From Dualism to Oneness in Psychoanalysis: A Zen Perspective on the Mind-Body Question focuses on the shift in psychoanalytic thought, from a view of mind-body dualism to a contemporary non-dualistic perspective. Exploring this paradigm shift, Yorai Sella examines the impact of the work of psychoanalysts and researchers, such as Winnicott, Bion, Daniel Stern and Kohut, and delineates the contributions of three major schools of psychoanalytic thought in which the non-dualistic view is exemplified: (1) intersubjective; (2) neuro-psychoanalytic; and (3) mystically inclined psychoanalysis.
Reaching beyond the constraints of dualism, Sella delineates the interdisciplinary approaches leading to psychoanalysis's paradigm shift. Focusing on the unique contribution of Zen-Buddhism, the book draws on Ehei Dogen's philosophy to substantiate the non-duality of subject and object, body and mind - ultimately leading from alienation and duality to what Bion has termed "at one-ment". The way in which psychoanalytic theory and practice may develop further along these lines is demonstrated throughout the book in a variety of clinical vignettes.
This book will inform the practice of all psychoanalysts, mental health professionals, psychotherapists and clinicians interested in mind-body issues in psychotherapy, in the philosophy of psychoanalysis, and in East-West dialogue.
"In this deeply thoughtful and scholarly work, Yorai Sella synthesizes concepts from key psychoanalytic theorists, Merleau-Ponty’s phenomenology, Johnson and Lakoff’s linguistic philosophy, and Buddhist philosophy (with a particular emphasis on the extraordinary teachings of 13th century Japanese Zen master, Ehei Dogen), to provide a remarkably creative and fertile framework for transcending the mind-body dualism inherent in both Western philosophy and psychoanalytic theory. Readers of this volume will find it to be a richly rewarding and thought provoking experience, and will want to return to it time and time again."
Jeremy D. Safran, Ph.D.Professor of Psychology, The New School for Social Research and author, Psychoanalysis and psychoanalytic therapies (2012)
"Yorai Sella’s book provides an excellent discussion of the relationship between psyche and soma in psychoanalysis. With remarkable precision, Sella outlines and challenges some of the inherent shortcomings of current psychoanalytic theories. His rigorous conceptual framework, which employs interdisciplinary intertextuality and incorporates Zen-Buddhist philosophy into psychoanalysis, offers an overarching foundation for a "unitary turn", a paradigm shift that moves away from dualistic views of the mind-body relationship to posit a dual intra-psychic/inter-psychic unitive experience. Sella’s clear, fluid style helps readers understand complex arguments and guides them in an outstanding study of mind-body selfhood".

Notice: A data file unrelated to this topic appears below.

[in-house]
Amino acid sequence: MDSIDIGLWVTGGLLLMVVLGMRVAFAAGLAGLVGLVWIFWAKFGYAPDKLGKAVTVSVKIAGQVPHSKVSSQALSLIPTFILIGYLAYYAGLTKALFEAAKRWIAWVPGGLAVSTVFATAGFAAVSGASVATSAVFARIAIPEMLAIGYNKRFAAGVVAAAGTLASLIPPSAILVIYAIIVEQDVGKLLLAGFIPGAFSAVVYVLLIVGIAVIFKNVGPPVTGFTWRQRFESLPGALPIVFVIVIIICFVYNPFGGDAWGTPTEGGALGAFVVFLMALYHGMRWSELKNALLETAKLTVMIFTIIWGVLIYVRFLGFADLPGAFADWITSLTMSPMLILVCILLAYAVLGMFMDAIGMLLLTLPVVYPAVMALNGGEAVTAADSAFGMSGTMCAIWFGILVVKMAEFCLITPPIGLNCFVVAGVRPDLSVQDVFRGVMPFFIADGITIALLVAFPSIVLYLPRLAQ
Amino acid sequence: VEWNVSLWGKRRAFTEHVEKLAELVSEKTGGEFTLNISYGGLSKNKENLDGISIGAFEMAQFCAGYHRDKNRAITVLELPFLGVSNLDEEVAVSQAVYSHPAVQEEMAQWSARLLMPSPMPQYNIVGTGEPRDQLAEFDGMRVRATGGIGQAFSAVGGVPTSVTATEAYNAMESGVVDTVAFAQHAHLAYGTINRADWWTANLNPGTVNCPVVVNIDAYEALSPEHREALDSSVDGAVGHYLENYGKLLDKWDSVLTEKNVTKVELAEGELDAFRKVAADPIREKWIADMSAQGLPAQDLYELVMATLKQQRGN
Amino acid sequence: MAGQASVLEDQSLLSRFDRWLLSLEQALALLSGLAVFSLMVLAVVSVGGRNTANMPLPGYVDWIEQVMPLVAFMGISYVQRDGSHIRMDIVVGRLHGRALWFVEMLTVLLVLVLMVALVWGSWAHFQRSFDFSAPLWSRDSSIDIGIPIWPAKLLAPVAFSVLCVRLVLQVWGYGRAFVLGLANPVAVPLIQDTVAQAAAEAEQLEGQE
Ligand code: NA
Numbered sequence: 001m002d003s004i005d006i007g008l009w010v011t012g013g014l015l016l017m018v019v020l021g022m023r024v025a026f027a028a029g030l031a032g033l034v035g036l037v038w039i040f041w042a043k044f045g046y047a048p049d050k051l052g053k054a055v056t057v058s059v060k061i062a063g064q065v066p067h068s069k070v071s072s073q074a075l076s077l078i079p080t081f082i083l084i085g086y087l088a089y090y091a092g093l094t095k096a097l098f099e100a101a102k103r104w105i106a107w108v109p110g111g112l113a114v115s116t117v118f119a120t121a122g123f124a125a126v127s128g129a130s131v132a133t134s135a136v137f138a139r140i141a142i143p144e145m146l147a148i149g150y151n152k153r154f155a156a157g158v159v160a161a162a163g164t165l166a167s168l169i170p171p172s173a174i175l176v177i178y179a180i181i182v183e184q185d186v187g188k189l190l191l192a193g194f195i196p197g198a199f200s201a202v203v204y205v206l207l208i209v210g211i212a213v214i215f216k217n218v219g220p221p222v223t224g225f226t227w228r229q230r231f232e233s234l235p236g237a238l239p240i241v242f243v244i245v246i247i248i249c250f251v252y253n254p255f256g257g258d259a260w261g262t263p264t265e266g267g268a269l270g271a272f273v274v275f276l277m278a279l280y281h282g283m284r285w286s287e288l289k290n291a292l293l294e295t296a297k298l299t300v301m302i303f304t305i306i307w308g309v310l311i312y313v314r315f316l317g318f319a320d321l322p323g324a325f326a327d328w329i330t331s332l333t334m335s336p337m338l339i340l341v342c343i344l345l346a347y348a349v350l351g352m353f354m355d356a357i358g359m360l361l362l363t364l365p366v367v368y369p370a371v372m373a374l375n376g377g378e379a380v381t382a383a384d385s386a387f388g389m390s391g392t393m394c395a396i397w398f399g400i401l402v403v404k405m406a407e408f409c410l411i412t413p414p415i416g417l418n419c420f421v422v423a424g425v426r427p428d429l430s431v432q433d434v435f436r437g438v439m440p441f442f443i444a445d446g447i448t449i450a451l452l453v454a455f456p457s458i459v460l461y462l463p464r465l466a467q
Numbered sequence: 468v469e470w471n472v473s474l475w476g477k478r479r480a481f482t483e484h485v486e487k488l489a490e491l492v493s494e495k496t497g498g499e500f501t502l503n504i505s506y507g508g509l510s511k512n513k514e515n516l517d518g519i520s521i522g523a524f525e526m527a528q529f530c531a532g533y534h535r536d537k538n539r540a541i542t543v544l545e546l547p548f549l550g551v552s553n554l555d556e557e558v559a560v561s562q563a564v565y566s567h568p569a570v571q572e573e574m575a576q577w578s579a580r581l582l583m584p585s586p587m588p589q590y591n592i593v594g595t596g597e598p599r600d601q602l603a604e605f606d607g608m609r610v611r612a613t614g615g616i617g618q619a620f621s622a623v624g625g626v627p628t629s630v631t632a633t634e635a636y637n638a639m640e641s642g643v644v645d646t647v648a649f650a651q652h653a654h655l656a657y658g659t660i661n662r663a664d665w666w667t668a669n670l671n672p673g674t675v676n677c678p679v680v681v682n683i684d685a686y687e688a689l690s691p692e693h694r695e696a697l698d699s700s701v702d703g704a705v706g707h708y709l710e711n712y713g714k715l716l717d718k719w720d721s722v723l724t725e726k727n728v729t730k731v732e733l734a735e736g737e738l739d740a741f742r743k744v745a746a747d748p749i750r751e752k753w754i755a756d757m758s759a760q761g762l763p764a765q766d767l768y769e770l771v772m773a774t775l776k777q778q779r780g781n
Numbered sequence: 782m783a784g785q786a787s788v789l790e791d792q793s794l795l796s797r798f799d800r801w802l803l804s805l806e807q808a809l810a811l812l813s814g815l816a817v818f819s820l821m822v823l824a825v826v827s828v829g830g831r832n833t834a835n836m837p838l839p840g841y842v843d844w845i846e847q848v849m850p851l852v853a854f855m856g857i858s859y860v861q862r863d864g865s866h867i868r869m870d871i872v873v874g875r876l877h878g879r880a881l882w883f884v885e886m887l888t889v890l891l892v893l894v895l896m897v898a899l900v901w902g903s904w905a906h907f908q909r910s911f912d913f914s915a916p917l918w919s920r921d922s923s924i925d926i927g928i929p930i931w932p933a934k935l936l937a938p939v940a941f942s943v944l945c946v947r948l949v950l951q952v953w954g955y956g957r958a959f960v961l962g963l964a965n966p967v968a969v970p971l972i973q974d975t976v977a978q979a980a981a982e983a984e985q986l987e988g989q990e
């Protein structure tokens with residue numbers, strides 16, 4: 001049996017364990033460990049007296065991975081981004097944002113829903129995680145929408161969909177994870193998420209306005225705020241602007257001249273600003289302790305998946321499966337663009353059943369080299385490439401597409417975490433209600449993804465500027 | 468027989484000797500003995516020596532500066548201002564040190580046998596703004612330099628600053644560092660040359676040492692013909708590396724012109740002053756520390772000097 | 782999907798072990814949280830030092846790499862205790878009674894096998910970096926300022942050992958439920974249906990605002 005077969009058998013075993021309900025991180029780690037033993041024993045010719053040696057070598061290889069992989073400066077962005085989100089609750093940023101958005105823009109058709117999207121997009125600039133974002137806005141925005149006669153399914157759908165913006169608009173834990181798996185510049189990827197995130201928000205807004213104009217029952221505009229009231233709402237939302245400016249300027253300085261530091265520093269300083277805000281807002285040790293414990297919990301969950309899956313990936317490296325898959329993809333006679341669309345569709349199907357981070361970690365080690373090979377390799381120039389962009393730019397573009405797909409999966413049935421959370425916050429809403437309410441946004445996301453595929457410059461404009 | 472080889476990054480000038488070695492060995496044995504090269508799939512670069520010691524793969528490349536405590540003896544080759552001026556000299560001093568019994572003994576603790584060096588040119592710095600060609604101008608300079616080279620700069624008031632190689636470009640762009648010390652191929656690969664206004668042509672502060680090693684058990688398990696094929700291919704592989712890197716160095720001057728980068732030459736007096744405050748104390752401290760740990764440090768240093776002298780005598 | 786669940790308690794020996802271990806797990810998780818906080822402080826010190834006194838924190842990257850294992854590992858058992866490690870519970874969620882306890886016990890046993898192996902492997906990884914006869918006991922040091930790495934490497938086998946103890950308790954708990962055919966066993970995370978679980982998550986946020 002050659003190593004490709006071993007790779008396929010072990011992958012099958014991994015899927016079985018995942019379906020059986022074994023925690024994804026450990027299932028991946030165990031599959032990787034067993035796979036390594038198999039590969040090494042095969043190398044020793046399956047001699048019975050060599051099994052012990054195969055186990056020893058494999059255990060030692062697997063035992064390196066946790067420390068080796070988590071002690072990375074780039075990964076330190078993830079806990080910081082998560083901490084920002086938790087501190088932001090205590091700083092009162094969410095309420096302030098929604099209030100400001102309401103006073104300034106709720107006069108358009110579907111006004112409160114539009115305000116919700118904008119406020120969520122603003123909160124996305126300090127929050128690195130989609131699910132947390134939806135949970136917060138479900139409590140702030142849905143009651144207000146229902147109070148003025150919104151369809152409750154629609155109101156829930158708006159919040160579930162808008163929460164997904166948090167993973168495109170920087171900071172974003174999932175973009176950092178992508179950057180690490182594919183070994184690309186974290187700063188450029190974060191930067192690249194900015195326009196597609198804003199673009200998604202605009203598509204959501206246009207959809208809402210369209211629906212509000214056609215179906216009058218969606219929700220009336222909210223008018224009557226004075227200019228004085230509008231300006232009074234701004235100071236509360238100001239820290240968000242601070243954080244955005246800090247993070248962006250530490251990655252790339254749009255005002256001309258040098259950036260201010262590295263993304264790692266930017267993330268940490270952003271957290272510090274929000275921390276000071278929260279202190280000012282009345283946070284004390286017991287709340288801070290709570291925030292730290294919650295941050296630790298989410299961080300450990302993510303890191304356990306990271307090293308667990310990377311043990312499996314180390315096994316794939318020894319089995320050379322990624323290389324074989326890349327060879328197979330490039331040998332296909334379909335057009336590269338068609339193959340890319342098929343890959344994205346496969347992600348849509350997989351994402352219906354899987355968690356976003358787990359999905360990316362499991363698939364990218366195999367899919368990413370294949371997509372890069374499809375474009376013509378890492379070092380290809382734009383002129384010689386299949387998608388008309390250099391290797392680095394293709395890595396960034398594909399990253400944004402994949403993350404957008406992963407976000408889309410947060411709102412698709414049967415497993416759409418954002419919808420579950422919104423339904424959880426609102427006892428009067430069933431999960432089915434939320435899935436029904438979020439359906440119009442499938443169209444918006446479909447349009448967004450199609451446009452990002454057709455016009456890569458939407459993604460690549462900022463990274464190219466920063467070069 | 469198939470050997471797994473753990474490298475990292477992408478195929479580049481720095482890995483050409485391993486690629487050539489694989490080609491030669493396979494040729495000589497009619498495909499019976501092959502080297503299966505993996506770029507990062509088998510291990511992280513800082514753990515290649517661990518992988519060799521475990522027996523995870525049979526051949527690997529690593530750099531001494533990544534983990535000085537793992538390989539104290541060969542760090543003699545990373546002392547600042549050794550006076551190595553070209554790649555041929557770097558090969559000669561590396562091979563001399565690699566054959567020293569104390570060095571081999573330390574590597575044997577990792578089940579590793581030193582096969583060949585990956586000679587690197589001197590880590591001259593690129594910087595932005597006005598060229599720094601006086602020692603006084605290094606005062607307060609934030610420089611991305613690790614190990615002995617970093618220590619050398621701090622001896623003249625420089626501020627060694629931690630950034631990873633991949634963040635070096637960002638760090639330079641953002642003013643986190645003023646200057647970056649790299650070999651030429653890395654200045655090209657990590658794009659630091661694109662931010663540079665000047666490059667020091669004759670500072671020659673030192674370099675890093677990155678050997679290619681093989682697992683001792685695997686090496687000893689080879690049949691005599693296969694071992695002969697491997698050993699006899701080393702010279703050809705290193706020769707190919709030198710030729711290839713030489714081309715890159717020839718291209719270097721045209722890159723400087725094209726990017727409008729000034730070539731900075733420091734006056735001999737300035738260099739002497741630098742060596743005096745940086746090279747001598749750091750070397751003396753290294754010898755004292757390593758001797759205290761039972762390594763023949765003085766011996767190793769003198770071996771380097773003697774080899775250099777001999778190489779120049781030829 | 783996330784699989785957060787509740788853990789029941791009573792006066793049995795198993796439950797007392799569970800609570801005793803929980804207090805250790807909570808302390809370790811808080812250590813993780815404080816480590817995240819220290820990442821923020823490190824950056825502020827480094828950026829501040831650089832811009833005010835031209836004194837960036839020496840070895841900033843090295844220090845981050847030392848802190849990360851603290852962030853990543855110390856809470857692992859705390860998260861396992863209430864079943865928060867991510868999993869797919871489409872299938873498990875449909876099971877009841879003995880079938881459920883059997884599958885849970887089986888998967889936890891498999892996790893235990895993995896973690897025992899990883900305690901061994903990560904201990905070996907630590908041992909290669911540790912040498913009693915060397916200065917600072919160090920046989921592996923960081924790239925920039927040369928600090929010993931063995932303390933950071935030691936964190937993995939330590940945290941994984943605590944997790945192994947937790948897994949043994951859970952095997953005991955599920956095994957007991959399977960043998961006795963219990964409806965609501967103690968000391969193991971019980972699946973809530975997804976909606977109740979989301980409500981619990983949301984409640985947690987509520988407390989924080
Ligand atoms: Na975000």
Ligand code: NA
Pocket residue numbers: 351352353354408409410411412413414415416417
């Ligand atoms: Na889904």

Yolanda Gampel, Ph.D, Professor in Tel-Aviv University, a training analyst, past president of the Israel Psychoanalytic Society and former vice-president of the European Federation of Psychoanalysis.
Table of Contents:
Chapter One: A mysterious leap
Chapter Two: Mysterious leaps: from psychosomatics to the psyche-soma
Chapter Three: The ascension of the body: representation and presentation
Chapter Four: Unitive experience and a unitary turn
Chapter Five: The unitary turn: overarching conceptual structures
Chapter Six: Non-duality in Zen-Buddhism: implications on the mind-body question in contemporary psychoanalysis
Chapter Seven: The body of the Buddhist 'body-mind'
Chapter Eight: Embodiment and interpretation - not two
Chapter Nine: A non-dualistic body-mind-set in psychoanalysis?
Chapter Ten: From duality to oneness: Zen contributions to psyche-soma meta-theory in contemporary psychoanalysis
Conclusion and future directions
About the Author:
Yorai Sella, Ph.D., is a clinical psychologist, a psychoanalytic and Humanistic-integrative psychotherapist and a member of Tel Aviv Institute for Contemporary Psychoanalysis, Israel. He co-directs the East-West Integrative Psychotherapy training in the School of Social Work and teaches in the Faculty of Medicine, Tel Aviv University. He has practiced Tai-Chi and martial arts for the past 30 years and is a student of Zen-Buddhism.